December 20th, 2019
If you own land with minerals underneath in Wyoming, an operator normally approaches you and negotiates a deal where they drill and you get top dollar. However, a situation has arisen in southeast Wyoming where a company has found a way to avoid that process and control minerals they don’t own.
Now, three dozen affected landowners have filed a lawsuit against the company in question… Anadarko Petroleum. They allege Anadarko has unfairly taken their minerals and created a monopoly in their county. The lawsuit's result could have implications on Wyoming statute, the oil and gas market, and people’s wallets. Wyoming Public Radio’s Cooper McKim reports.
Several community colleges in our state are in the process of developing four 4-year Bachelor of Applied Science degree programs. One proposed degree at Central Wyoming College, or CWC, would help students learn what it takes to be a good tribal leader. Wyoming Public Radio’s Savannah Maher reports on what that could mean for the Wind River Reservation.
As the University of Wyoming football team struggled down the stretch on offense, few people took it harder than offensive coordinator Brent Vigen. In fairness he was in a tough spot, he’d lost a number of offensive lineman, two running backs and his starting Quarterback due to injuries. As the Cowboys prepare to play in the Arizona Bowl Vigen tells me that the silver lining is that a lot of young players just missed winning a couple of big games and that the future of Cowboy football is bright. However…the season certainly didn’t go as planned.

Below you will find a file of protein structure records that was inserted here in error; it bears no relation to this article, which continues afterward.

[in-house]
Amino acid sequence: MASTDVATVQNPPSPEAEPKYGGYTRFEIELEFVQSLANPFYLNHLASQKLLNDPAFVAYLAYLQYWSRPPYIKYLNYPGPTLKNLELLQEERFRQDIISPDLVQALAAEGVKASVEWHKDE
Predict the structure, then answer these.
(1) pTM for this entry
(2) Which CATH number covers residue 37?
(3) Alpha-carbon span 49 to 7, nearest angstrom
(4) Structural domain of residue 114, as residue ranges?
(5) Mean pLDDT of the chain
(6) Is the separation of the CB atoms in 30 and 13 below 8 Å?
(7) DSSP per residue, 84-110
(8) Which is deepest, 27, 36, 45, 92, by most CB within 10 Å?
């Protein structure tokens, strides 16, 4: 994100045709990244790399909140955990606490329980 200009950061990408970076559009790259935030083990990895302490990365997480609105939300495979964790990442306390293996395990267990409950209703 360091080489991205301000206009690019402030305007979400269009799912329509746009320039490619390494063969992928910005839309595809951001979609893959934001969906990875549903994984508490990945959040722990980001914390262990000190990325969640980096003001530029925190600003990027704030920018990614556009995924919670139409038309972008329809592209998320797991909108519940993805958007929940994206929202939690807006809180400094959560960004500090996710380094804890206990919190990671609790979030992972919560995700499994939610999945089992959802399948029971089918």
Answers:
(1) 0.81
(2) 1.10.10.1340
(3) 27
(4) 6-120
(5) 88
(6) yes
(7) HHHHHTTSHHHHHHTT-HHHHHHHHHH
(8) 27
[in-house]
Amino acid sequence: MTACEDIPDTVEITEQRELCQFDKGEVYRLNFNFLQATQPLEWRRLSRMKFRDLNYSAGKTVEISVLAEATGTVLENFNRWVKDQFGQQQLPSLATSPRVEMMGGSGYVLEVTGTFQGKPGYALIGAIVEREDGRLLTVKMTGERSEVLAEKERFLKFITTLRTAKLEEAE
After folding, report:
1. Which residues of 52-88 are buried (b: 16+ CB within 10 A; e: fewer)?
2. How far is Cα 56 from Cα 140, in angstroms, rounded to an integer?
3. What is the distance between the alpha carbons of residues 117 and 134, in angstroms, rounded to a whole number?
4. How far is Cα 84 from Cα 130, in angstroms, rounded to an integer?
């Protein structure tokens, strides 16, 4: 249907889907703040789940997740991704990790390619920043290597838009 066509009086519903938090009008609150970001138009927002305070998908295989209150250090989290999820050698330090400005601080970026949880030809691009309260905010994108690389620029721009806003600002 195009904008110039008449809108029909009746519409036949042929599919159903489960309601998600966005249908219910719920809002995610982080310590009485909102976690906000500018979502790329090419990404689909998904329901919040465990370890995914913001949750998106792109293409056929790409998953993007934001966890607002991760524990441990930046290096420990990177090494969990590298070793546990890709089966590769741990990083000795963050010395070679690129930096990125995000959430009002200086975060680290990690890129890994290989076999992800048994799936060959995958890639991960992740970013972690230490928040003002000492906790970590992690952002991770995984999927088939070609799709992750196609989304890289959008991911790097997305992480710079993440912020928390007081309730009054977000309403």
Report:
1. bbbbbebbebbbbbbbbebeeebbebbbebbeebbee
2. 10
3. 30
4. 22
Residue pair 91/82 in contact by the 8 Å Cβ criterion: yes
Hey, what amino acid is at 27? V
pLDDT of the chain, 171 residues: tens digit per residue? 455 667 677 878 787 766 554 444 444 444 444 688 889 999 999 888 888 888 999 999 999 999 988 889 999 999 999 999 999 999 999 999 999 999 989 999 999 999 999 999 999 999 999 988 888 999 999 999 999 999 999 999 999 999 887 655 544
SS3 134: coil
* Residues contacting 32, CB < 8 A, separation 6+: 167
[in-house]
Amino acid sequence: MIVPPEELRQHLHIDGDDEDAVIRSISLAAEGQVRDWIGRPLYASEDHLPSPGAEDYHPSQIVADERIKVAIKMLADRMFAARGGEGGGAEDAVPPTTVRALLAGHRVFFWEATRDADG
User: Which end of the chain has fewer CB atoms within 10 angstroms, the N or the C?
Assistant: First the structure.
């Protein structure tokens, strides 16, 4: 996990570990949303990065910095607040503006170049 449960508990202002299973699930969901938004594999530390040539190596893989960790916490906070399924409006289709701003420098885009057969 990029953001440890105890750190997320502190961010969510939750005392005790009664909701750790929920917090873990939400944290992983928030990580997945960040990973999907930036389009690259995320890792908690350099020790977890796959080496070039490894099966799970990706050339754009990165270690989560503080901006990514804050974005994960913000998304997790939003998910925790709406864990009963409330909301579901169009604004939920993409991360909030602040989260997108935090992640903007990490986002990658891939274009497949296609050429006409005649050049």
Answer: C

Winters in Norway usually last from October to late May—sound familiar? Norway also has something called the polar night. For about two months, the sun never rises above the horizon, giving way to some of the longest, darkest winters on earth. But to psychologists surprise, rates of seasonal depression there are extremely low for what one would expect. That's why Stanford Doctoral Student Kari Leibowitz went there to learn more. She told Wyoming Public Radio's Maggie Mullen about what she found in a town called Tromsø.
The winter holidays are a busy time for Juan Pablo Mijares. As a violin luthier he makes and restores instruments in the violin family. And this time of year - he’s BUSY! Professional musicians are calling him as they get ready for holiday concerts and college students home for winter break need him to repair and tune their instruments. The Mountain West News Bureau’s Ali Budner brings us behind the scenes at his unique shop.
When it comes to a Christmas tree, there are a lot of choices out there. Maybe silver tinsel is your thing. Or the classic fake plastic spruce. Or maybe you want to work for it and cut down the tree yourself. For Wyoming Public Radio’s Maggie Mullen, that’s her tradition and this year we tagged along.
Every year, the city of Gillette and the Gillette News Record team up to host a city holiday lights contest. People can nominate themselves, friends or neighbors. Then, seniors from the Campbell County Senior Center go out and judge the decked-out homes. Wyoming Public Radio's Catherine Wheeler followed along on judging night.
This is the 22nd year the Rocky Mountain dance theatre in Cody hosted its annual nutcracker. As Wyoming Public Radio’s Kamila Kudelska finds out Cody’s Nutcracker is all about inclusion and support from the community.